Editorial Process

Our Editorial Mission

In a digital world, information only matters if it's timely, relevant, and credible. We promise to do whatever is necessary to get you the information you need when you need it, to make our opinions fair and useful, and to make sure our facts are accurate.

If a popular product is on store shelves, you can count on CNET for immediate commentary and benchmark analysis as soon as possible. We promise to publish credible information we have as soon as we have it, throughout a product's life cycle, from its first public announcement to any potential recall or emergence of a competing device.

How will we know if we're fulfilling our mission? We constantly monitor our competition, user activity, and journalistic awards. We scour and scrutinize blogs, sites, aggregators, RSS feeds, and any other available resources, and editors at all levels of our organization continuously review our coverage.

But you're the final judge. We ask that you inform us whenever you find an error, spot a gap in our coverage, or have any other suggestions for improvement. Readers are part of the CNET family, and the strength of that relationship is the ultimate test of our success.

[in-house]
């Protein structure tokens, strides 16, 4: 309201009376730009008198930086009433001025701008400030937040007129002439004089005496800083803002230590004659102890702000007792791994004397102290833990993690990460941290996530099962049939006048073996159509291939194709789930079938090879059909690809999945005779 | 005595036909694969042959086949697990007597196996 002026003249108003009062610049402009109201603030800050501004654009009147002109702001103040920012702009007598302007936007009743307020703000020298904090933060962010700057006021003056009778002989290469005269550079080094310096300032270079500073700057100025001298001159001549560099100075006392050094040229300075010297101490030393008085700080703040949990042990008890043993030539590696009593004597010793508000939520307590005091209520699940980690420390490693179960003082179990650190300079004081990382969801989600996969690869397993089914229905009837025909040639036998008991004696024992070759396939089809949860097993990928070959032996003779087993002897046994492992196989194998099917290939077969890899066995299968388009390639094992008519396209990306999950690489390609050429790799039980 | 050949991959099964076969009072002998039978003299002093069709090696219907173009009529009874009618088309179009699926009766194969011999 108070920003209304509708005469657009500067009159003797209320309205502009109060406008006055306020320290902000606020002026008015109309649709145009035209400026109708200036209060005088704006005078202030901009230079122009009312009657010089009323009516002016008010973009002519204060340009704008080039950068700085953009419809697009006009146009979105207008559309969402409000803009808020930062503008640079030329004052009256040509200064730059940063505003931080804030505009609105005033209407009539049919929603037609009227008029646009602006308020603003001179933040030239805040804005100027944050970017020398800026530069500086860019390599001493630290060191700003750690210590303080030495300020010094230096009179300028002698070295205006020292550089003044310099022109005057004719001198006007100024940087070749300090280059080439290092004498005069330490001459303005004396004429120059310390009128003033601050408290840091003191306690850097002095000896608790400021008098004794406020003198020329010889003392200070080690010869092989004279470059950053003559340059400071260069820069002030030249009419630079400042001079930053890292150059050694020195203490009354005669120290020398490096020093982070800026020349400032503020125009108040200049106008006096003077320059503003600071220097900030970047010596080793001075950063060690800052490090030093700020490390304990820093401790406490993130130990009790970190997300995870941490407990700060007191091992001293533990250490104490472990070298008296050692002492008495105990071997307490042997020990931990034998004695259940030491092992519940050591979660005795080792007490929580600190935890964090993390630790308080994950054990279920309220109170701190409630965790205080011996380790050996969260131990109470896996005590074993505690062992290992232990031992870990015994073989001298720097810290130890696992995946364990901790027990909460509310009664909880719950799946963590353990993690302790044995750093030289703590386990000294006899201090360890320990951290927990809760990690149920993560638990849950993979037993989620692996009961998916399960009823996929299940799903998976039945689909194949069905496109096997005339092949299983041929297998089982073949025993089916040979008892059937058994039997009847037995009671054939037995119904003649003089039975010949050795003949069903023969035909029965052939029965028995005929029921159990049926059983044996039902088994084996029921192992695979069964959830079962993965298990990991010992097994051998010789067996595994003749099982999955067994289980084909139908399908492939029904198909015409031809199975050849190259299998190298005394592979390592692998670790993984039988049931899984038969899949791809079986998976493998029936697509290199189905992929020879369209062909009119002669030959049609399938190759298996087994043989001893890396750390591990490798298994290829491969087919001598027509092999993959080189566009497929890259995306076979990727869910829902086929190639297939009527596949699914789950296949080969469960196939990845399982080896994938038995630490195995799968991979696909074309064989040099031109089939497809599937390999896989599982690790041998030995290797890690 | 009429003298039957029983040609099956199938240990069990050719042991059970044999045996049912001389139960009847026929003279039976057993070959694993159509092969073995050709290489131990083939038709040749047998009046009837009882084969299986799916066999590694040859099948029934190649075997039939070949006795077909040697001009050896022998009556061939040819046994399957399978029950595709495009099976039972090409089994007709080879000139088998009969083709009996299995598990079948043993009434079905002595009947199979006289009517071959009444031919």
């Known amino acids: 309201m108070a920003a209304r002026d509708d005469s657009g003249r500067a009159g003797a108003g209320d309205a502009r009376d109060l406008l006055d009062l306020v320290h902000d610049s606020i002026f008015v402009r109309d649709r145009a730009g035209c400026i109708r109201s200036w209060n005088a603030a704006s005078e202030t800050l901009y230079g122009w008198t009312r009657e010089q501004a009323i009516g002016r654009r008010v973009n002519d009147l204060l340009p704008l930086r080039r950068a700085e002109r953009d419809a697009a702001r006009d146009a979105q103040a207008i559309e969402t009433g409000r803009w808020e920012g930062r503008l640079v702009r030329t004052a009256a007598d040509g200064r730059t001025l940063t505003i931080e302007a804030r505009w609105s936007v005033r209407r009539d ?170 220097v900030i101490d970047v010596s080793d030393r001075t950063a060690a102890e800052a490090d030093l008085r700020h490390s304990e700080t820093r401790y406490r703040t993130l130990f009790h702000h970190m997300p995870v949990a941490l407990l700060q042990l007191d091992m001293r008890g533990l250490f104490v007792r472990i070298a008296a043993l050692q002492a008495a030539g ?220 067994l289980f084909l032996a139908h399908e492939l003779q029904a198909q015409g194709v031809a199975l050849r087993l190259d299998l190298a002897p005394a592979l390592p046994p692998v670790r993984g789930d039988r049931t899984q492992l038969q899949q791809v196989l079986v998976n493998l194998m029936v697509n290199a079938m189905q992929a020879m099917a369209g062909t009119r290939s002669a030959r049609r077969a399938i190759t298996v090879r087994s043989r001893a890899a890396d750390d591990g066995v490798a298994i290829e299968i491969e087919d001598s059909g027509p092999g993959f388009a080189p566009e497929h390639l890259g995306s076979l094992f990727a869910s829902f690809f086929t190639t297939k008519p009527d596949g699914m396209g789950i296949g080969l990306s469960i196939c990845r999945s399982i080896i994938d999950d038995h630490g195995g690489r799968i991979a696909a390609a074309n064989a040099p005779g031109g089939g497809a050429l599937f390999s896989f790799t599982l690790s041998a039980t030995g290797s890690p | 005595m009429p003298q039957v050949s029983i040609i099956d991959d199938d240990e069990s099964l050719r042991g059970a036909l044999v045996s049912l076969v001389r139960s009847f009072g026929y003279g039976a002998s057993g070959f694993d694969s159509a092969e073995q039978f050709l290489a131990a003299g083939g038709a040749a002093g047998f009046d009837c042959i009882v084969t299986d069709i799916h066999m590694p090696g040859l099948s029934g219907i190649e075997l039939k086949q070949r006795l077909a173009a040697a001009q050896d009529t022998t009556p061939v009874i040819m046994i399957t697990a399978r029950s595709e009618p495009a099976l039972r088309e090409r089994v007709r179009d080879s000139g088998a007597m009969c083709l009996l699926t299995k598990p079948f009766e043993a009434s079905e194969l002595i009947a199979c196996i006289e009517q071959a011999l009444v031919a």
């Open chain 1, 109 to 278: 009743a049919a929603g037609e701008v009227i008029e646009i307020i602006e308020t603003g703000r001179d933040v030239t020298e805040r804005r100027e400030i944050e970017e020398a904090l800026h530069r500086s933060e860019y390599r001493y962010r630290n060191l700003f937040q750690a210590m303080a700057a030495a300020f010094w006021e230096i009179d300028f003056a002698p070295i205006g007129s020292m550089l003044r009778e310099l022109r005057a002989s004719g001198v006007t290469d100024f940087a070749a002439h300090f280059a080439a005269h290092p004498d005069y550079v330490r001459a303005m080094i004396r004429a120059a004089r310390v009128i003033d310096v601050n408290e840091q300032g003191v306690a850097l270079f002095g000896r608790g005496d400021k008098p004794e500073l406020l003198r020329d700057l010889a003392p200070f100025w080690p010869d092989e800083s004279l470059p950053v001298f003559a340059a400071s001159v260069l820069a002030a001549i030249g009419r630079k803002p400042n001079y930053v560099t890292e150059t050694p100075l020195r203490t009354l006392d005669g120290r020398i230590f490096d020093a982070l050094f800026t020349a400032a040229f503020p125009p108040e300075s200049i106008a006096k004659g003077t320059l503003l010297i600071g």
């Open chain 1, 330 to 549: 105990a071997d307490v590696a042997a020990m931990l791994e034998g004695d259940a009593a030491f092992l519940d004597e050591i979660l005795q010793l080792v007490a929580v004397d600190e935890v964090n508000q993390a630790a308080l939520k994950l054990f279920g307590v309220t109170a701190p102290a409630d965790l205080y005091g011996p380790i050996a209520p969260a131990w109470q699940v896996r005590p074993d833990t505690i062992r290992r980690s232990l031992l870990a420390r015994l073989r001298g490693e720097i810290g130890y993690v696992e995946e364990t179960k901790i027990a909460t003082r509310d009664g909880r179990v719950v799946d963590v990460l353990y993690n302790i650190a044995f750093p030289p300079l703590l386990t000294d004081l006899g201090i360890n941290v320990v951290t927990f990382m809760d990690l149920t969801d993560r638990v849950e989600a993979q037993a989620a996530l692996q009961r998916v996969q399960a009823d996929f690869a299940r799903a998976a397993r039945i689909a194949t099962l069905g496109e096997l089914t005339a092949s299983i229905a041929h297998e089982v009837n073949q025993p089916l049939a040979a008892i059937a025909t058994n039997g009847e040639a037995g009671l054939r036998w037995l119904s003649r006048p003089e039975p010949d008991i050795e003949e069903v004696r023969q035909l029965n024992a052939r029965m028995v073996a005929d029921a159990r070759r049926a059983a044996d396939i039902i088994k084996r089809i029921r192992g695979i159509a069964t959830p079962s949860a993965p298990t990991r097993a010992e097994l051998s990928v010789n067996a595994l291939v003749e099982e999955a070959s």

How we test products

CNET Labs' testing methods are the result of years of experience and research, employing the expertise of CNET's Labs staff and editors, as well as feedback from the manufacturers whose products we review, and also feedback from users. Our objective, precise, and repeatable testing methods--which use tests developed by CNET Labs, as well as industry-accepted benchmarks--provide the comparative data and quantitative results that feed the technical analysis of our product reviews. This, combined with the qualitative analysis from the hands-on evaluations of our expert editors, gives our users everything they need to know to make informed buying decisions.

More in-depth information about our specific testing methods is available using the links below:

Antivirus software / Blu-ray players / Browsers / Cameras / Cars / Cell phones / Desktops / Laptops / Monitors / Networking devices / Printers / Storage devices / Tablets / TVs

Disclosure statement

In order to prevent any real or perceived conflict of interest, we will not review any product or service that is currently involved in active litigation with CBS Corporation (the parent corporation of CNET) with respect to the legality of the product or service. As of January 23, 2013, the products or services that have a conflict are Dish Hopper and Aereo. CBS Corporation owns a bunch of websites; we may or may not write about these properties and will be transparent when we do so.

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